Although the HIMSS annual conference and exhibit was very much a continuation of past years’ events, it was also noticeably different. A totally unscientific review of special exhibit hall attractions yielded only one very superficial notation: Espresso machines outnumbered live entertainment. Does this have any significance? Probably not, but the overall mood did seem more serious and focused on achievements.
As in past years, presentations fell into two camps: lessons learned and expertise to share. The difference was in the subject matter. If there was a single, overriding theme, it was anything “patient-focused.” Electronic medical record presentations and demonstrations were pervasive, as was expected, but interest in regional health information organizations — or RHIOs — wasn’t far behind for the second year in a row.
The industry, as a whole, seems to have fallen into line behind the goal of a national health information network (NHIN). By and large, however, providers seem to be leaving the NHIN worries to the feds — probably because they already have plenty to consider in the planning and building of the local and regional feeder systems.
Although there are reported to be more than 150 RHIOs — sometimes called health information exchanges (HIE) — most attendees still seem to be struggling with the nitty-gritty technological issues of how to maintain privacy and ensure security when moving sensitive personal information around, and with the down-and-dirty details of how to financially support a RHIO once it’s up and running.
Complementing the emerging NHIN, the increasingly sophisticated Center for Disease Control and Surveillance’s public health information network (PHIN) initiative, and other public health projects stood out for their presence and progress.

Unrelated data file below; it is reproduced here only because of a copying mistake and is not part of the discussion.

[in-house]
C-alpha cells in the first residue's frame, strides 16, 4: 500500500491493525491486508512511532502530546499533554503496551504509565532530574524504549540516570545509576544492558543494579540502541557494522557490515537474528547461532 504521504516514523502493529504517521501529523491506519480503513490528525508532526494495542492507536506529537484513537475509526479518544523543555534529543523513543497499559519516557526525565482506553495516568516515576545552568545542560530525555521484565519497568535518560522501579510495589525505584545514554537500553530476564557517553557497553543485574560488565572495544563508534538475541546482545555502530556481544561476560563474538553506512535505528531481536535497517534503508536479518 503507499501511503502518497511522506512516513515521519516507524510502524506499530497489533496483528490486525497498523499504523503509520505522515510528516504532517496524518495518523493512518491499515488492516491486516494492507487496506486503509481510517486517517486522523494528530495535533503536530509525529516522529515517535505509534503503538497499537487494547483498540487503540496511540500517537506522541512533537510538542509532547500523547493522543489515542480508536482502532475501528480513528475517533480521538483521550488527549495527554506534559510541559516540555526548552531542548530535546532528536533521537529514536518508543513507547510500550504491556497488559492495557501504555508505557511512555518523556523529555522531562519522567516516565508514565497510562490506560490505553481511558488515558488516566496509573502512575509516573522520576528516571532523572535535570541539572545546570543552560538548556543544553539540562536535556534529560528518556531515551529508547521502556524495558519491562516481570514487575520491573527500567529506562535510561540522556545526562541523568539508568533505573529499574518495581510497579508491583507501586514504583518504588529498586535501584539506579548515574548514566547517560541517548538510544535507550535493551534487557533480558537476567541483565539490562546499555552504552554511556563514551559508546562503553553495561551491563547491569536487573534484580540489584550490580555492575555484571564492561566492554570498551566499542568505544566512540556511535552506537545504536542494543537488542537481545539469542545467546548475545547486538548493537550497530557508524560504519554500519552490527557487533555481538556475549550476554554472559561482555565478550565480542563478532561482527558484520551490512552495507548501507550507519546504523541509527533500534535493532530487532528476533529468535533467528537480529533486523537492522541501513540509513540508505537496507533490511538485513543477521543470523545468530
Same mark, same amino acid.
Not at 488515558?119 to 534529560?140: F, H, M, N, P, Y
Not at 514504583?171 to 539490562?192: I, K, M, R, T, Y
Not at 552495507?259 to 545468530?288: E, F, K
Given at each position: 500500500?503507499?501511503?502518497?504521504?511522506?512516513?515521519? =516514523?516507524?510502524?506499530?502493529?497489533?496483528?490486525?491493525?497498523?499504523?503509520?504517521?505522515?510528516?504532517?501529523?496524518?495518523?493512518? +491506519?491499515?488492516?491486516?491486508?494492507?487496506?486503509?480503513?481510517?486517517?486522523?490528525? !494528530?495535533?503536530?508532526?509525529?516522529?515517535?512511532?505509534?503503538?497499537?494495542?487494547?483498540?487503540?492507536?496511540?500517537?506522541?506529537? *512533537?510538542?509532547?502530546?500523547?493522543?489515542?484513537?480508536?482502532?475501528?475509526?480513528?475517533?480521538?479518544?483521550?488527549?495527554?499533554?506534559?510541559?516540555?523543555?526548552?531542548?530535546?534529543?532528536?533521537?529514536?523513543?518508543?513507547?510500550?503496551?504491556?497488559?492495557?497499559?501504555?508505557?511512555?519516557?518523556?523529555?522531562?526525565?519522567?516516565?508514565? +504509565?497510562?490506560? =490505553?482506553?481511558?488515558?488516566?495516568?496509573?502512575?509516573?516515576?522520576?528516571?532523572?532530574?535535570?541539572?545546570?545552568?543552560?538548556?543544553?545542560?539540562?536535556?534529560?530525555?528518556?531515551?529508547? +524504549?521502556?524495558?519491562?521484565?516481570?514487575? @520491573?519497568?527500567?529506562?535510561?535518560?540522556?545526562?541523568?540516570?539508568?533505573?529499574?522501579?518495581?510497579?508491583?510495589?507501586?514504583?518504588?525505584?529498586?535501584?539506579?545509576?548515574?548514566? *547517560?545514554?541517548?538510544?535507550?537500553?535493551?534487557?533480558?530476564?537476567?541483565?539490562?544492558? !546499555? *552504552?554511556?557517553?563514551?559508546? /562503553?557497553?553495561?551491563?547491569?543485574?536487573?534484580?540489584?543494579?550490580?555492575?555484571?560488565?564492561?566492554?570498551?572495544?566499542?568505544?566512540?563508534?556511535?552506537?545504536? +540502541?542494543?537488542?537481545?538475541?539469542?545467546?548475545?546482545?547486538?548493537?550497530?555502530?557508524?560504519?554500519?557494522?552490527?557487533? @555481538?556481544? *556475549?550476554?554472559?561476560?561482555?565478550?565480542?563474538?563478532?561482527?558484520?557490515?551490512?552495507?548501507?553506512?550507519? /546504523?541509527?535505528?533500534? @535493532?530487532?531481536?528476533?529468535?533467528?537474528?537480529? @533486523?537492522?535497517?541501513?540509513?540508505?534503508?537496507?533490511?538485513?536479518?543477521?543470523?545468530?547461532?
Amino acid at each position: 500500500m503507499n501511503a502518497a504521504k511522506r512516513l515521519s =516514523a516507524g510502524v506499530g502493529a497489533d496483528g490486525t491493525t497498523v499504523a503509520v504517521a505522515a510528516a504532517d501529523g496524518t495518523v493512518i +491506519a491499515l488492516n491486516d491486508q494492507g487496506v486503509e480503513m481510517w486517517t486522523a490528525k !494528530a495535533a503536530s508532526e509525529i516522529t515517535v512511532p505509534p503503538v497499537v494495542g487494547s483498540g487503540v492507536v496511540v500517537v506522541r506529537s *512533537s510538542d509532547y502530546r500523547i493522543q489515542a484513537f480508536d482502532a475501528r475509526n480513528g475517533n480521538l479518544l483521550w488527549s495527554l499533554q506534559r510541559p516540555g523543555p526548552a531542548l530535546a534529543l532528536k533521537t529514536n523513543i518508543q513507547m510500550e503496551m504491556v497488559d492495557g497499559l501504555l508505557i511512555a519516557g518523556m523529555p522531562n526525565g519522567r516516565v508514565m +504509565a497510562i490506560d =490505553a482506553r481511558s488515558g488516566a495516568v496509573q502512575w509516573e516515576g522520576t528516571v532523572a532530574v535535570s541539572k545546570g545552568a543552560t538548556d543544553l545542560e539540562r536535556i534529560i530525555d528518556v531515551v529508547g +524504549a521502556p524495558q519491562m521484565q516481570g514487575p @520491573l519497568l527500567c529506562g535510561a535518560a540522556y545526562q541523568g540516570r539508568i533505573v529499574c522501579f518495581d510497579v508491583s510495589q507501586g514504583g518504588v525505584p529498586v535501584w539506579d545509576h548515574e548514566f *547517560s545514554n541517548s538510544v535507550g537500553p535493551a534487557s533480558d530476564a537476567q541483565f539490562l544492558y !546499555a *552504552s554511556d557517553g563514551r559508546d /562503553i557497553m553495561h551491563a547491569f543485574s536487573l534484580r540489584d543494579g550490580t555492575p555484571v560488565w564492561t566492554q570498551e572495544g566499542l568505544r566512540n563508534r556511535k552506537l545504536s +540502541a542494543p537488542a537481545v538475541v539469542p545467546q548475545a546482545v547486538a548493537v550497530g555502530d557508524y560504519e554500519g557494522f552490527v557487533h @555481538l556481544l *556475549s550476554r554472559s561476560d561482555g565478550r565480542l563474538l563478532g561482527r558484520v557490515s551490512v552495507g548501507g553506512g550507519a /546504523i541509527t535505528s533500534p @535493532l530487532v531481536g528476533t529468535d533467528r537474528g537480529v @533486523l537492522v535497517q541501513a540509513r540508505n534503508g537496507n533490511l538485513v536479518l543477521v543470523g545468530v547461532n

Long the healthcare industry’s stepchild, public health has taken giant steps forward, primarily thanks to efforts surrounding heightened interest in homeland security and biosurveillance activities. Hampered until recently by a woefully inadequate communication, IT infrastructure and low funding, public health departments at local, state and national levels have demonstrated the ability to step into 21st century technology. (In fact, their prior state of starting from near-scratch was a boon in building as there was no need to justify a migration from legacy systems.)
And finally, there seems to be widespread acceptance that standards are not only nice to have, they’re necessary. To get to the national data sharing network as envisioned, standards will have to be part of the planned networks; and they will pay off. For example, Health Level Seven, the standards development organization based in Ann Arbor, Mich., proudly pointed to the $1.5 million in savings achieved using HL7 standards to match immunization records of Hurricane Katrina evacuees.
Another notable trend is the increased number of products aimed at end-users from infrastructure companies. Among those best known for under-the-cover workhorse technology, some are now offering products for end-users. Cisco (San Jose, Calif.), InterSystems (Cambridge, Mass.), Microsoft (Redmond, Wash.), Nortel (Brampton, Ontario), Oracle (Redwood Shores, Calif.) and Sentillion (Andover, Mass.) were noted for breaking out of back-end anonymity to tout their own branded applications and systems.
Overall, I’d like to think this is the beginning of a new era — one in which healthcare IT assumes its rightful position as an enabler and as an essential tool in the march toward improving quality in patient care. Perhaps David Brailer, M.D., Ph.D., best captured the imperative. The National Coordinator for Health Information Technology told his keynote audience, “There is a long way to go, but we’ve come a long way. We’re on a marathon. The sprint has ended.”
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